Schiller’s detailed, passionate study of birth rights looks at women from a broad range of countries, some wealthy, some poor. As such it puts paid to the glib assumption that choice in childbirth is merely a concern for the privileged, fussing over mood music and aromatherapy candles, while the rest of the world would be happy to slum it with a no-frills hospital labour. It is not so simple. Choice in childbirth is about a woman’s identity, her culture, her sense of self and her right to be treated as a person in her own right. The alternative to a pregnant woman’s own choice is not necessarily “the right choice”; it is merely someone else’s choice. While that someone else may have knowledge that a pregnant woman does not, his or her choice can still be influenced by misogyny, racism and class prejudice. It is a choice which cannot fully take into account the inner life, needs and fears of an individual woman about to give birth.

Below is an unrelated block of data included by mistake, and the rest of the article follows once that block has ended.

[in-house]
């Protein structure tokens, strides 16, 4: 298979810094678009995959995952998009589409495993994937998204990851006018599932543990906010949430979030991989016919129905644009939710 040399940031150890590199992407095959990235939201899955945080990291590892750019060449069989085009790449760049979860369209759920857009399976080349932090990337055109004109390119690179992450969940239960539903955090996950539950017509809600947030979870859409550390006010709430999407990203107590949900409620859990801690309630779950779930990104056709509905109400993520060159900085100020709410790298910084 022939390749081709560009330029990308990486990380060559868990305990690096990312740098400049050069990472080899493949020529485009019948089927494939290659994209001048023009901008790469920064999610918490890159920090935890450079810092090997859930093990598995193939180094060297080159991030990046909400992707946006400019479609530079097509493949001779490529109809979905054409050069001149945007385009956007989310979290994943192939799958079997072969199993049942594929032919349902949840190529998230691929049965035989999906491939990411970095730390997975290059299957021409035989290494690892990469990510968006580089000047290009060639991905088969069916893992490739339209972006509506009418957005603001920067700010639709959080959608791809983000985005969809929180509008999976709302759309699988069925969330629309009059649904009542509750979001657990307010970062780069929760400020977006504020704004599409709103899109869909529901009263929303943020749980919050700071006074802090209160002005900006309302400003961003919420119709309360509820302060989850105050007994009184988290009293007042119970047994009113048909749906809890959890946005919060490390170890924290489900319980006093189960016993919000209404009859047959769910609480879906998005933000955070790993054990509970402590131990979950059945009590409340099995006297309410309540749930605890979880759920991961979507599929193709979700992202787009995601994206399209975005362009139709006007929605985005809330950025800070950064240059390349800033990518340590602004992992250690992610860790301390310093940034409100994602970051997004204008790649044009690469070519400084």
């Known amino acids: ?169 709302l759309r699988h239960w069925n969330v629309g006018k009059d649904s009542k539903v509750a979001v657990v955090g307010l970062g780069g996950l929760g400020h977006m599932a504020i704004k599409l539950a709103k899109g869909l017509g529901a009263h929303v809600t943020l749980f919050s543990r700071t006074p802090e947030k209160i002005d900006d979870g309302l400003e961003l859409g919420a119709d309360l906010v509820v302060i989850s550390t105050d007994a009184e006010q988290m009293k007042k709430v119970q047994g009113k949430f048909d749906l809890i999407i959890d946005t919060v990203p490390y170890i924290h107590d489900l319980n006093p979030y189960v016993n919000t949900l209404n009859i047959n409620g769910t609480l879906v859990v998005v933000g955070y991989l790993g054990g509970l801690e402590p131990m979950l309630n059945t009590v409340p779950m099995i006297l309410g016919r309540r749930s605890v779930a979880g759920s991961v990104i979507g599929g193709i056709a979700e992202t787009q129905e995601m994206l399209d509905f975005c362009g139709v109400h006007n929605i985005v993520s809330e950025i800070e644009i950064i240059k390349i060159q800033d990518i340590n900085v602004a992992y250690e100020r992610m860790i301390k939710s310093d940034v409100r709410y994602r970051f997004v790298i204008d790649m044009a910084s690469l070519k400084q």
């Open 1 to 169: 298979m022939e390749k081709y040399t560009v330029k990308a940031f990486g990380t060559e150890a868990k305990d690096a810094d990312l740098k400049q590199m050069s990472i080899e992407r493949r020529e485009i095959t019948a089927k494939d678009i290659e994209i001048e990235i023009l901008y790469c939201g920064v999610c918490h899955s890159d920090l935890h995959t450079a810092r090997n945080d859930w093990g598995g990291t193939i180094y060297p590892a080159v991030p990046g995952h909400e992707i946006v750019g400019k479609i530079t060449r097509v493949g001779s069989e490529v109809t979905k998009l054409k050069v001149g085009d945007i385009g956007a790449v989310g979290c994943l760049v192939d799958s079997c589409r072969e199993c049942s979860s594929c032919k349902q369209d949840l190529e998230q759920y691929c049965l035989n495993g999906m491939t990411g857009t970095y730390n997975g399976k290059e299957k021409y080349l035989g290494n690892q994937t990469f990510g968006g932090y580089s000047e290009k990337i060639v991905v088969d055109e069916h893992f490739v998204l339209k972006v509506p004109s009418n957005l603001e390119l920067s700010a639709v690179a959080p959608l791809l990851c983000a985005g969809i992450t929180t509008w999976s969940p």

The most shocking sections of the book focus on choice – or lack of it – not in developing countries but in the US. The world’s largest economy has a maternal death rate of 28 per 100,000 (for the UK it is 8, while for Sweden it is 4) while the infant mortality rate is more than three times higher than that of Finland or Japan, despite considerably more spending on healthcare. Amnesty International calls US maternal healthcare “a human rights failure”. While much of this can be put down to broader failings within the US healthcare system, plus the impact of economic and racial inequalities (African-American women are four times more likely to die of pregnancy-related causes than their white counterparts), it is striking that this is happening in a country which seems increasingly obsessed with protecting “the unborn child” – albeit not from the impact of poverty or racism on the mother, but from the mother herself.